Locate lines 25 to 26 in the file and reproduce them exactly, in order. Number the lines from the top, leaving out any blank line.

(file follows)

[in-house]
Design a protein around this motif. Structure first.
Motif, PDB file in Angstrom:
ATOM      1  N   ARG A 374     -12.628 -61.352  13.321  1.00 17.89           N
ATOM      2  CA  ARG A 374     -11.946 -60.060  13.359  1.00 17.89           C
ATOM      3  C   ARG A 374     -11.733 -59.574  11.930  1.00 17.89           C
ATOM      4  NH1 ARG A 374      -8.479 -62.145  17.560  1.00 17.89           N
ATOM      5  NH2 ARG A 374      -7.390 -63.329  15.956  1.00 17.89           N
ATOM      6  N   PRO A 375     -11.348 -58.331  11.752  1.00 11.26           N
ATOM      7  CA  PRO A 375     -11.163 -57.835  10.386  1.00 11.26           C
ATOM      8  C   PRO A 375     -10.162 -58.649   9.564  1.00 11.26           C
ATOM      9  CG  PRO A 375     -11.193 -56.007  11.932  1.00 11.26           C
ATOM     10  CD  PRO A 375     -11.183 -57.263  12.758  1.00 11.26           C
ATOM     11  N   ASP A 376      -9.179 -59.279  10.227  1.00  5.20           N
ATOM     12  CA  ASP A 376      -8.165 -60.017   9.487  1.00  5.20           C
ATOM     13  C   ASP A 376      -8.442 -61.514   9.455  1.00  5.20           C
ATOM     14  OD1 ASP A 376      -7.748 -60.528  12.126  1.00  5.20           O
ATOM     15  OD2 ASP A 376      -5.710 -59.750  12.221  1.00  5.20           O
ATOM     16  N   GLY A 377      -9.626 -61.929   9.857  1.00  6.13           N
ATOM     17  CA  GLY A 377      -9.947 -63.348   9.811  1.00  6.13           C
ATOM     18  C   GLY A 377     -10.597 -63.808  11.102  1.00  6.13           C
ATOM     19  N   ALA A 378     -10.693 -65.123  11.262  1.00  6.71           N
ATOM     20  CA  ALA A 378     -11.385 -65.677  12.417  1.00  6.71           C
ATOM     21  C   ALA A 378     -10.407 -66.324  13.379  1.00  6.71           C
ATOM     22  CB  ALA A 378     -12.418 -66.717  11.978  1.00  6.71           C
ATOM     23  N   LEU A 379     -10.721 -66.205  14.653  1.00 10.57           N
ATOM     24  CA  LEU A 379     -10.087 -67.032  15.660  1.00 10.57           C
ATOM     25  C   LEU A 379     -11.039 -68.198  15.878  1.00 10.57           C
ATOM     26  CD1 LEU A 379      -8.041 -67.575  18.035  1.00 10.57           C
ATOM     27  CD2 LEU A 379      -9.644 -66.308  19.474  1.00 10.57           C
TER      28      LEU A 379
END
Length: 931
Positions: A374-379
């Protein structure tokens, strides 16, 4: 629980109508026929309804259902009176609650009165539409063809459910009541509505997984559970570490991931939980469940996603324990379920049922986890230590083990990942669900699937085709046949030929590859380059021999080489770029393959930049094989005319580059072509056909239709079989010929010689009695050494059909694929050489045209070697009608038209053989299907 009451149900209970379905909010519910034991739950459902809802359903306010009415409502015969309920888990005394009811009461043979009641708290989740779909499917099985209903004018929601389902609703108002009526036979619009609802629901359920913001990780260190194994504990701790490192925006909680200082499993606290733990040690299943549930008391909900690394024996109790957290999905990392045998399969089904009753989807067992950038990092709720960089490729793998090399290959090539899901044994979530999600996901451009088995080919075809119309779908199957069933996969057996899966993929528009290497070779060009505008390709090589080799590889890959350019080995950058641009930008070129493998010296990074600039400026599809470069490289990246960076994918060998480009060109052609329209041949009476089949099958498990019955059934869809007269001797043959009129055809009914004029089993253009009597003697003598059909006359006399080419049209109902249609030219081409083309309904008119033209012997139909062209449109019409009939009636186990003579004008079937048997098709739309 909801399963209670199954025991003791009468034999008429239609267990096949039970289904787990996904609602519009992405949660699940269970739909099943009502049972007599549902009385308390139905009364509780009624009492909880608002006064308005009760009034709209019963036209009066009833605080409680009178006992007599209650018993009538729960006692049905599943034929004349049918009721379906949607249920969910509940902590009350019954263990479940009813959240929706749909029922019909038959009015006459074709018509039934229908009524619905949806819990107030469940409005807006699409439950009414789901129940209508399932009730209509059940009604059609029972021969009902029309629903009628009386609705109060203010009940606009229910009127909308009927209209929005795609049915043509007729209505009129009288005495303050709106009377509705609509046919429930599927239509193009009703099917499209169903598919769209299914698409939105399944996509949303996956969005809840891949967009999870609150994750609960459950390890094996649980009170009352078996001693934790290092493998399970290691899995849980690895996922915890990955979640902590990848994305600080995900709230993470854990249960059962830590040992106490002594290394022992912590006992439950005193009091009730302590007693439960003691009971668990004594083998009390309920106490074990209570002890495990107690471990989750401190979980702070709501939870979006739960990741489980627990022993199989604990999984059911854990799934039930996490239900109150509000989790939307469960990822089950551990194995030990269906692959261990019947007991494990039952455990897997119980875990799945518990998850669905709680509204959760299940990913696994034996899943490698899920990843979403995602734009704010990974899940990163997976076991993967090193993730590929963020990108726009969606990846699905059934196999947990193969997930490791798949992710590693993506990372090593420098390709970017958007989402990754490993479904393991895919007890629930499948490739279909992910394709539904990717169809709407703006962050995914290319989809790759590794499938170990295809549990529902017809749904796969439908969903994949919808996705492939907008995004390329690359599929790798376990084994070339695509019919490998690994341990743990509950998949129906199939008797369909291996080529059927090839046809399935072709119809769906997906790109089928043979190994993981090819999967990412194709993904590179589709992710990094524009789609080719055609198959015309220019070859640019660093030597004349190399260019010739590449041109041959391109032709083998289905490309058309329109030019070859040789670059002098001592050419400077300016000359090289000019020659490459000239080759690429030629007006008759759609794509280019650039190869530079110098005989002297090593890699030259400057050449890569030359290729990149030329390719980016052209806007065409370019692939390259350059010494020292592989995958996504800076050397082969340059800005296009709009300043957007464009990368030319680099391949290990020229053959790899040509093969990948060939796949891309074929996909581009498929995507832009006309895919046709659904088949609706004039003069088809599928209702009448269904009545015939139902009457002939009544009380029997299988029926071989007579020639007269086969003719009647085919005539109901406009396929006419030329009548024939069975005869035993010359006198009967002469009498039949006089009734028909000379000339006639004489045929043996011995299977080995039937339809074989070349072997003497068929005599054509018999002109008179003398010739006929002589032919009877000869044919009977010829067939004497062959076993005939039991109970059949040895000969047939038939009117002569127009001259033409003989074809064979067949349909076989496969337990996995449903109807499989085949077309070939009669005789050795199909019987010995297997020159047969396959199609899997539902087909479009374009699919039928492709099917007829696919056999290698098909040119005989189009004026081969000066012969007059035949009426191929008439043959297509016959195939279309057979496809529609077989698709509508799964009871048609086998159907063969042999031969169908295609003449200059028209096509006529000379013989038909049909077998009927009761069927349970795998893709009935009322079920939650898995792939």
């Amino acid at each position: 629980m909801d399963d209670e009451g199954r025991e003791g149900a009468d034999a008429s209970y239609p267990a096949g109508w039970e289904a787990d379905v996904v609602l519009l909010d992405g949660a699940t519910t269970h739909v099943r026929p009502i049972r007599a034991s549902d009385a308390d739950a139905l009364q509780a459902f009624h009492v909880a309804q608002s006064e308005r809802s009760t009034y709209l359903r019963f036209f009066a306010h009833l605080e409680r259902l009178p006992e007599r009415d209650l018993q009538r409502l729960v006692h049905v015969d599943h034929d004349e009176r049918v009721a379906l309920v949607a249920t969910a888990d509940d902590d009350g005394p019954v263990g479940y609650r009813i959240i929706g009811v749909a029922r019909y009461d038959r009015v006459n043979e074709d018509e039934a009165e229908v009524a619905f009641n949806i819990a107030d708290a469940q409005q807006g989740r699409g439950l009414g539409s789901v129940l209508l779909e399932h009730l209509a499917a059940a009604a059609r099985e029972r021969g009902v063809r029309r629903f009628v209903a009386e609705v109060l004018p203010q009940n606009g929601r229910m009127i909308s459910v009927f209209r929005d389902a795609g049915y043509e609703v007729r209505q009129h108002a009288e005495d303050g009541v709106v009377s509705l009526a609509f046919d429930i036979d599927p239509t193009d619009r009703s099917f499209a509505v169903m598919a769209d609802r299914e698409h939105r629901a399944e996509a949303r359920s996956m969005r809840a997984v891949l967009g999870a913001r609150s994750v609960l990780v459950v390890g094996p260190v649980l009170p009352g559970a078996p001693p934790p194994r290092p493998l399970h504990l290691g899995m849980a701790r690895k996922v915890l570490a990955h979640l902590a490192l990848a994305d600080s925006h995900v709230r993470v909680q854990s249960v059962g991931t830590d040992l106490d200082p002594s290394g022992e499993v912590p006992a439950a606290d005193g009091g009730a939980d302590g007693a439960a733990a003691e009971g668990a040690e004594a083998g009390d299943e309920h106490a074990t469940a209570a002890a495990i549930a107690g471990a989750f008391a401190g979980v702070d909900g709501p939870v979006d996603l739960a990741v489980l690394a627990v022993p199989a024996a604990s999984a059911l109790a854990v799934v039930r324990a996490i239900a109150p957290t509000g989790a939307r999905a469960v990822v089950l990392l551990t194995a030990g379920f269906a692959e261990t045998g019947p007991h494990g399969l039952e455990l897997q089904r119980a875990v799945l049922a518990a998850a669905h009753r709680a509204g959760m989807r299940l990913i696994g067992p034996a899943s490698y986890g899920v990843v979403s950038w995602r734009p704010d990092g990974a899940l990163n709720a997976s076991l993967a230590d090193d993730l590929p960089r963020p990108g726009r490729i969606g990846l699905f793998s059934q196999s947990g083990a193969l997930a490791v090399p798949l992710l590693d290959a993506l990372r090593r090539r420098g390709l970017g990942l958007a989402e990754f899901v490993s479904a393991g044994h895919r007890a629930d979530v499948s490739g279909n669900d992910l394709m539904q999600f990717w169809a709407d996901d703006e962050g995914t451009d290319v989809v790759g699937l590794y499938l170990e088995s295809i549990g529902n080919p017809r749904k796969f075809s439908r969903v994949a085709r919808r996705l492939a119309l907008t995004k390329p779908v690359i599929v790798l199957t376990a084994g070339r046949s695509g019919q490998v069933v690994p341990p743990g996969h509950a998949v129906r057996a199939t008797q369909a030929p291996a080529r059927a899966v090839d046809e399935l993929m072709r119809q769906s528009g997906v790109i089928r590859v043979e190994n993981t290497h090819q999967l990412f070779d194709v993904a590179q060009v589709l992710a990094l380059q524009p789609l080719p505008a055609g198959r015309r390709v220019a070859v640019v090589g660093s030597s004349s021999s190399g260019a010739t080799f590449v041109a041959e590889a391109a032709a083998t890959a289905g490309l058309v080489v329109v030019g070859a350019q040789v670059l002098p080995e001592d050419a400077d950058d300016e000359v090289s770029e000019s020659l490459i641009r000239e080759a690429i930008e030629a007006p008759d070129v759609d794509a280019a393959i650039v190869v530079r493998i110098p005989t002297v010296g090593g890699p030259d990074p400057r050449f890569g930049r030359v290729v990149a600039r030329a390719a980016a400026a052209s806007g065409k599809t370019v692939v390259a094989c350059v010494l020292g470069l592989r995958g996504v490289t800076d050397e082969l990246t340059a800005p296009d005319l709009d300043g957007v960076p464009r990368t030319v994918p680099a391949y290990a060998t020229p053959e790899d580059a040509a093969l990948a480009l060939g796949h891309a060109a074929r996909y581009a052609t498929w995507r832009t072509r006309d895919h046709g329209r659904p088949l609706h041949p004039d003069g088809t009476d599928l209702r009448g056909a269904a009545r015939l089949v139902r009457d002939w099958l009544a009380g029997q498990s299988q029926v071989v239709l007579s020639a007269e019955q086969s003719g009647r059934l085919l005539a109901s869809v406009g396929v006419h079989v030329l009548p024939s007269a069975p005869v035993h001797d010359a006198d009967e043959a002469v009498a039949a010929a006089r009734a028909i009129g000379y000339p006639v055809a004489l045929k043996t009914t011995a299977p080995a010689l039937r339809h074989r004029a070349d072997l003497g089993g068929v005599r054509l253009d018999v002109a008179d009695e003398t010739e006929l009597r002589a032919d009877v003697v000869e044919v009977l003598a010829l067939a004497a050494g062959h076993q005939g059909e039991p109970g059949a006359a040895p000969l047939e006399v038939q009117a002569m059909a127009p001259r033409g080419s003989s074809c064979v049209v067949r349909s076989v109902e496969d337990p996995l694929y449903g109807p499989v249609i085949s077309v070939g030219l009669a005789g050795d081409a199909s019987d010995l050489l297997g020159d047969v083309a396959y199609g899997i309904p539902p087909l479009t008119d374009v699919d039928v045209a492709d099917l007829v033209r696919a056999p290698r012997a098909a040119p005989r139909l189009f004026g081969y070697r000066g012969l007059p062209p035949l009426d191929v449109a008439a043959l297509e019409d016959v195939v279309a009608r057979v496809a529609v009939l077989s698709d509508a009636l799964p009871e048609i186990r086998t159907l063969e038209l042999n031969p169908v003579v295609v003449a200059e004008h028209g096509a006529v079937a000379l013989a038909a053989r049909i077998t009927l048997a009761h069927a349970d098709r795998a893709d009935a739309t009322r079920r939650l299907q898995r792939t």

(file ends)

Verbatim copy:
ATOM     22  CB  ALA A 378     -12.418 -66.717  11.978  1.00  6.71           C
ATOM     23  N   LEU A 379     -10.721 -66.205  14.653  1.00 10.57           N